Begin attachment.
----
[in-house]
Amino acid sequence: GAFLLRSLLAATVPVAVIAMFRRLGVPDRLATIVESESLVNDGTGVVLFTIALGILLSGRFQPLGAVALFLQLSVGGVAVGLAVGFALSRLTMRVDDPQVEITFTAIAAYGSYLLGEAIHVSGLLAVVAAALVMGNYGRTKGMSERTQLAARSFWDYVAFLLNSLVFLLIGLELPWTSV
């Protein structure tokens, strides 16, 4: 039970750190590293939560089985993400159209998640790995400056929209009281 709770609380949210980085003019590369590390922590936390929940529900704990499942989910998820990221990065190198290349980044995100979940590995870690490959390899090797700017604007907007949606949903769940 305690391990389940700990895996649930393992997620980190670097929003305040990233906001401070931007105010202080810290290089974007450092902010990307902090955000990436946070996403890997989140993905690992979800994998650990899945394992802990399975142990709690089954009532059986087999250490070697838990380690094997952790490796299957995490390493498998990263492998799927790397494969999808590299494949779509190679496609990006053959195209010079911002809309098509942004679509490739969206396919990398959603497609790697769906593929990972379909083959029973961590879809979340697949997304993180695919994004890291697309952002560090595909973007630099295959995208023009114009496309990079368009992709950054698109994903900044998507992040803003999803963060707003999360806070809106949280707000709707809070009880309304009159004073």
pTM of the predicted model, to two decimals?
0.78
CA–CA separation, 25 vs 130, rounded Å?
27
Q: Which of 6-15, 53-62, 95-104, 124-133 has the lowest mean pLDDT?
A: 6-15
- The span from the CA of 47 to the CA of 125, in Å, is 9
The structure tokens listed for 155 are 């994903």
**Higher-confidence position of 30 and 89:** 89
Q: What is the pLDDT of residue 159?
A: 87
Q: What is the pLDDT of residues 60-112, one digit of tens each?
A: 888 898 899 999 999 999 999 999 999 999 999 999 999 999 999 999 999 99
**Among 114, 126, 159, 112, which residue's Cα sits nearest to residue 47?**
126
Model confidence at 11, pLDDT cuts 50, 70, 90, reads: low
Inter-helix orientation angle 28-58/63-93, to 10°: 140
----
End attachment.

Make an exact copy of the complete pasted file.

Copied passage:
[in-house]
Amino acid sequence: GAFLLRSLLAATVPVAVIAMFRRLGVPDRLATIVESESLVNDGTGVVLFTIALGILLSGRFQPLGAVALFLQLSVGGVAVGLAVGFALSRLTMRVDDPQVEITFTAIAAYGSYLLGEAIHVSGLLAVVAAALVMGNYGRTKGMSERTQLAARSFWDYVAFLLNSLVFLLIGLELPWTSV
């Protein structure tokens, strides 16, 4: 039970750190590293939560089985993400159209998640790995400056929209009281 709770609380949210980085003019590369590390922590936390929940529900704990499942989910998820990221990065190198290349980044995100979940590995870690490959390899090797700017604007907007949606949903769940 305690391990389940700990895996649930393992997620980190670097929003305040990233906001401070931007105010202080810290290089974007450092902010990307902090955000990436946070996403890997989140993905690992979800994998650990899945394992802990399975142990709690089954009532059986087999250490070697838990380690094997952790490796299957995490390493498998990263492998799927790397494969999808590299494949779509190679496609990006053959195209010079911002809309098509942004679509490739969206396919990398959603497609790697769906593929990972379909083959029973961590879809979340697949997304993180695919994004890291697309952002560090595909973007630099295959995208023009114009496309990079368009992709950054698109994903900044998507992040803003999803963060707003999360806070809106949280707000709707809070009880309304009159004073």
pTM of the predicted model, to two decimals?
0.78
CA–CA separation, 25 vs 130, rounded Å?
27
Q: Which of 6-15, 53-62, 95-104, 124-133 has the lowest mean pLDDT?
A: 6-15
- The span from the CA of 47 to the CA of 125, in Å, is 9
The structure tokens listed for 155 are 């994903």
**Higher-confidence position of 30 and 89:** 89
Q: What is the pLDDT of residue 159?
A: 87
Q: What is the pLDDT of residues 60-112, one digit of tens each?
A: 888 898 899 999 999 999 999 999 999 999 999 999 999 999 999 999 999 99
**Among 114, 126, 159, 112, which residue's Cα sits nearest to residue 47?**
126
Model confidence at 11, pLDDT cuts 50, 70, 90, reads: low
Inter-helix orientation angle 28-58/63-93, to 10°: 140